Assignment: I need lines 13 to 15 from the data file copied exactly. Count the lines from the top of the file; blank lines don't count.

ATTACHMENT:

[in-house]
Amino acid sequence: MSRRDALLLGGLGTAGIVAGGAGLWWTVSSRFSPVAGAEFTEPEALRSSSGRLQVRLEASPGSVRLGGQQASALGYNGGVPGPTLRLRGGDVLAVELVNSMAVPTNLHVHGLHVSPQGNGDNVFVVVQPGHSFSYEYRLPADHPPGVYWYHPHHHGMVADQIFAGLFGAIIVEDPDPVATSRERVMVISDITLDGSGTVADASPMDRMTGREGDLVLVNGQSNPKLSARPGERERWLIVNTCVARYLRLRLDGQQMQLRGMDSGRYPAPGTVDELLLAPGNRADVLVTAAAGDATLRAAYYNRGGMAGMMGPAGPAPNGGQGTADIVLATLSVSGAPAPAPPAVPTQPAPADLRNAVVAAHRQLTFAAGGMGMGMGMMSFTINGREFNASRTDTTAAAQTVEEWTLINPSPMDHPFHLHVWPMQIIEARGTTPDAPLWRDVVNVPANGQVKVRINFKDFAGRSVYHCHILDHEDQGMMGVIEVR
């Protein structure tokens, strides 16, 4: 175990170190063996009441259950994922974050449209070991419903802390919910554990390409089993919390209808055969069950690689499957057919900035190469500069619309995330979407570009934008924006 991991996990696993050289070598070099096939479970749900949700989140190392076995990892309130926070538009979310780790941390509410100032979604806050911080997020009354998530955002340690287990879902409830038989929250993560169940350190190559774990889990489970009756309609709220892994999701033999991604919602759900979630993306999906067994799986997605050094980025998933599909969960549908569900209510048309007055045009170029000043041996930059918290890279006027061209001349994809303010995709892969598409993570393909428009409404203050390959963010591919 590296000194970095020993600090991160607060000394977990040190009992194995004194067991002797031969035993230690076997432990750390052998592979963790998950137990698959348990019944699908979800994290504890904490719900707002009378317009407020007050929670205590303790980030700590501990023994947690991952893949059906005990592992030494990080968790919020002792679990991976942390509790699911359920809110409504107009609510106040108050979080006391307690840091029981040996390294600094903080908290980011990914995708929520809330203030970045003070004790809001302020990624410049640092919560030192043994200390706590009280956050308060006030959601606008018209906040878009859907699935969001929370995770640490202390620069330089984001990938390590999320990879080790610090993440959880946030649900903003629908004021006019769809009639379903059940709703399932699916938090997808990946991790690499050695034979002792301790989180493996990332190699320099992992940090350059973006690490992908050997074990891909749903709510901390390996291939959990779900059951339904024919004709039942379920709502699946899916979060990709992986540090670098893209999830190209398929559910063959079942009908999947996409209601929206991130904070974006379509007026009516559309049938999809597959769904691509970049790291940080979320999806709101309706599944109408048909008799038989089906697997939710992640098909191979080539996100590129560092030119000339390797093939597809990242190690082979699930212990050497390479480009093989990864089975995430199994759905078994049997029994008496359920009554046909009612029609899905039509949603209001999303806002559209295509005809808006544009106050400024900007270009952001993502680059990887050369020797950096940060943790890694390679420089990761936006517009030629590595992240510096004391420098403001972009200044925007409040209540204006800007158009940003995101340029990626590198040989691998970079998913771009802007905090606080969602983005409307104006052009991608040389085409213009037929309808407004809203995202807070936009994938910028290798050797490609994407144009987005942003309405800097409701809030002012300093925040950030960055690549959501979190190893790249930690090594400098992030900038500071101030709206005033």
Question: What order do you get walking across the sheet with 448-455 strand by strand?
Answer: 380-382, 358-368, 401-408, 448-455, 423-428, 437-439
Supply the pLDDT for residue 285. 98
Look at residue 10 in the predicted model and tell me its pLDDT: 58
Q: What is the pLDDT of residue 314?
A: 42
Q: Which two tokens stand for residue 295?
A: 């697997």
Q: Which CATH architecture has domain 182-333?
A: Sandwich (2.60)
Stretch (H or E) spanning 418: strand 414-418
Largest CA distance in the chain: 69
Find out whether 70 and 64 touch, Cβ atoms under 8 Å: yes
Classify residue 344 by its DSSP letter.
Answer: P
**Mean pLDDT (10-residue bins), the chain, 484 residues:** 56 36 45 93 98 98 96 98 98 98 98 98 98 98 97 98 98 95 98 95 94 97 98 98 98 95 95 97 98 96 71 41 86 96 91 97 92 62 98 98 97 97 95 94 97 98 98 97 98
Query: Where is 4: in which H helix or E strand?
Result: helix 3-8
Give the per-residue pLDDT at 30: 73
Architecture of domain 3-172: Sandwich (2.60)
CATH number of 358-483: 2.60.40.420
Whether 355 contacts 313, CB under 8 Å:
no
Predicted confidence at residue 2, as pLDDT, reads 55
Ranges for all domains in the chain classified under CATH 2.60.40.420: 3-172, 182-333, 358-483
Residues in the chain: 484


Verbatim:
A: Sandwich (2.60)
Stretch (H or E) spanning 418: strand 414-418
Largest CA distance in the chain: 69